Machine learning is not a new entry to the pharmacological field. Scholarly articles explaining the use of machine learning techniques for pharmaceutical data analysis may be found dating back decades. The traditional paradigm has been to use a few techniques on a particular dataset and publish a paper comparing results to prove the efficacy of a particular technique . BenevolentAI turns this paradigm on its head by using the vast and growing volume of pharmacological literature as the basis for datasets on which to use a variety of machine learning techniques to discover new drugs .
To produce a new drug, tens of thousands of candidate drugs are needed. The Pharmaceutical Research and Manufacturers of America (PhRMA) has created a brief video which explains the process:
Most pharmacological research does not result in breakthrough discoveries. PhRMA illustrates the rarity of a new drug discovered from the magnitude of potential drugs here :
Not shown in the figure above is a depiction of how much research is required preceding drug discovery, but that is where BenevolentAI operates today . Instead of discarding research which does not immediately lend itself to the further development of a particular drug, BenevolentAI harnesses both clinical trials data and academic papers to produce new potential medicines . The final products are potential new drugs. Machine learning is not just important for BenevolentAI, it is essential.
Natural prerequisites for the development of such technology are corporate knowledge of the pharmacological literature as well as the talent required for developing new machine learning techniques which can digest this knowledge. Talent for developing machine learning algorithms is scarce and in high demand, as evidenced by the compensation machine learning scientists may receive . In 2016 BenevolentAI recruited Dr. Jerome Pesenti, the former chief scientist of IBM Watson . In the current environment of fierce competition for data scientists, retaining talent like Dr. Pesenti will be challenging.
Since BenevolentAI is still considered a startup, its future direction is not completely clear, though some reporting does give us a hint of where the firm is headed. In an interview with Business Insider, BenevolentAI’s founder, Ken Mulvany “predicted BenevolentAI would be selling its own drugs ‘in the next four years’” . To develop its own capabilities as a platform for developing drugs and for analyzing previous research, BenevolentAI will inevitably have to expand its operations to perform these new functions. Both the pharmaceutical industry and the emerging machine learning landscape are complex. Maintaining harmony between the two aspects of this business will require sustained effort.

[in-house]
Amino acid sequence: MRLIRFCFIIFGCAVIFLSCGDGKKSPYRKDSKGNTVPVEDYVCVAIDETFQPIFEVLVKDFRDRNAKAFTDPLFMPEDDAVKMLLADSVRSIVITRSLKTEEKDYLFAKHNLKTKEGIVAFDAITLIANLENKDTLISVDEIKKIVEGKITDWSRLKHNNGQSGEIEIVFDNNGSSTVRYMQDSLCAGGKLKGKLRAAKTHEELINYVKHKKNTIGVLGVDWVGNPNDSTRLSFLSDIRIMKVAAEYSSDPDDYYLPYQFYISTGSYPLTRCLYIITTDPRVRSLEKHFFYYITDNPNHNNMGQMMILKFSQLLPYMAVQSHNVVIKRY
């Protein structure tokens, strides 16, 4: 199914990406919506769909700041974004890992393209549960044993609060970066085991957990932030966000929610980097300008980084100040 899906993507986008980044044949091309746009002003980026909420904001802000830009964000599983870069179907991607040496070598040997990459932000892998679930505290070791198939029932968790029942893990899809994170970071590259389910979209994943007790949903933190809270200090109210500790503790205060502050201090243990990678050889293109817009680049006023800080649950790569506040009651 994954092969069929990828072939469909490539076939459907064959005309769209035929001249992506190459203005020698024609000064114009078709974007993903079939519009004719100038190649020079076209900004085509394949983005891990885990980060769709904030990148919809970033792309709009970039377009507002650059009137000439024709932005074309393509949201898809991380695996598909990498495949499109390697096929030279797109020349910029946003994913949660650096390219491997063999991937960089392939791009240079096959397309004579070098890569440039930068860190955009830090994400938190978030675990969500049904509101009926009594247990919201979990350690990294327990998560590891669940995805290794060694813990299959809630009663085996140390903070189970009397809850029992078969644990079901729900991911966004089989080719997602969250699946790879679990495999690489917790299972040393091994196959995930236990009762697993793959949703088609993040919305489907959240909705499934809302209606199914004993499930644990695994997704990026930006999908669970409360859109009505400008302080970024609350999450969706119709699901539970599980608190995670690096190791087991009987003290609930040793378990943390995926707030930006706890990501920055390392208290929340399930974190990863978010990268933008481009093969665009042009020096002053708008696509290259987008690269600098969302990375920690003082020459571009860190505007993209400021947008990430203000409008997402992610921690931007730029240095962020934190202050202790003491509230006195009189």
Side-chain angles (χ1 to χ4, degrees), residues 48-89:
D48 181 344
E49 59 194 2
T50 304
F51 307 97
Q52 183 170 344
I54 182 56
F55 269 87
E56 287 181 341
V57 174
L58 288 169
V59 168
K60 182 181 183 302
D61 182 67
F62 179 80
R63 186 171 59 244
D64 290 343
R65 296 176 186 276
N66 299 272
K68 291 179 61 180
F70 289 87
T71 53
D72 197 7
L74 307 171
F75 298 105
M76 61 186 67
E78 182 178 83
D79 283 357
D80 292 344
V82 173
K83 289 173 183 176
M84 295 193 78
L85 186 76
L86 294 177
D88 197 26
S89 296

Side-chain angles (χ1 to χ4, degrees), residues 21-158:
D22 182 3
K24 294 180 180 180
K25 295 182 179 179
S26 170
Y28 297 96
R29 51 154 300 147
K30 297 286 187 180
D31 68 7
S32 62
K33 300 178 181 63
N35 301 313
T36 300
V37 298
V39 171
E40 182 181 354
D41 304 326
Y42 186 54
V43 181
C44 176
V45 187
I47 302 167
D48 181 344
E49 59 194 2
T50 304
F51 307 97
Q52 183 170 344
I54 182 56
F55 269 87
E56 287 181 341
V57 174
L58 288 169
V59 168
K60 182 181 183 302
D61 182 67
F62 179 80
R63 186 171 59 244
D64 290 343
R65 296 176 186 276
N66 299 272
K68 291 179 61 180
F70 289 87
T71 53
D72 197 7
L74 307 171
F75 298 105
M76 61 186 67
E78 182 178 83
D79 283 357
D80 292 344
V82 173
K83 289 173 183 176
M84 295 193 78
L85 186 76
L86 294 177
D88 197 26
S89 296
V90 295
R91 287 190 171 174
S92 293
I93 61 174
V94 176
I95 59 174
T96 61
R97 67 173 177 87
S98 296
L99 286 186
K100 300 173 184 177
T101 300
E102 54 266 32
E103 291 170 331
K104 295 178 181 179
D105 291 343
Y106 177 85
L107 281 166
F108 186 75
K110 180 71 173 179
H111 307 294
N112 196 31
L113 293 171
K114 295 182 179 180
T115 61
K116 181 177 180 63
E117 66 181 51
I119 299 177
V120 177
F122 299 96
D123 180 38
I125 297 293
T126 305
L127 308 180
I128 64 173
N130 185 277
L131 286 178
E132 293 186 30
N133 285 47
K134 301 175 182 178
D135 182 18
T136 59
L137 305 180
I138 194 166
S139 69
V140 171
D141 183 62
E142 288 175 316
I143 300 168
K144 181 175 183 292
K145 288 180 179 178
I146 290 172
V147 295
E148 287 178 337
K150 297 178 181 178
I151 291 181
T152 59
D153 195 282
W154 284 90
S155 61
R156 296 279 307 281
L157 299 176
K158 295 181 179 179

The company already has made progress towards this goal. It has produced “24 drug candidates in just four years” and has sold drug targets to a US company . Navigating the regulatory environment of pharmacological development in both the US and UK is increasingly challenging . One recommendation may be to use the machine learning talent embedded in BenevolentAI’s workforce to ensure compliance with increasing regulatory burdens.
As BenevolentAI works towards new drug solutions and continues to refine its own processes, it faces competition from larger industries and similar startups. In the same year Jerome Pesenti left IBM, his previous employer teamed up with Pfizer to work towards drug discovery . Exscientia, another UK based startup, also uses machine learning for drug discovery and has partnered with Sanofi . In response to these challenges, BenevolentAI should capitalize on its strength of harnessing the power of untapped information available in the literature.
As we have learned that the power of machine learning grows with the quality and quantity of information on which it is trained, BenevolentAI should consider expanding the base of literature on which it trains beyond articles published in English. An emerging technique known as neural machine translation can be used to translate written language . For example, if BenevolentAI were to add Chinese research into its corpus, it could discover new insights at the intersection of research previously disconnected by the language barrier.
Key questions moving forward may include the following. How can a firm continue to recruit top talent when many of the professors that would teach these techniques have been drawn away from academia by extraordinary salaries at AI-based firms? Additionally, since drug development can take years, how can a firm retain top talent as it expands to perform new functions? Aside from neural machine translation, what other techniques might BenevolentAI consider incorporating into its machine learning arsenal?
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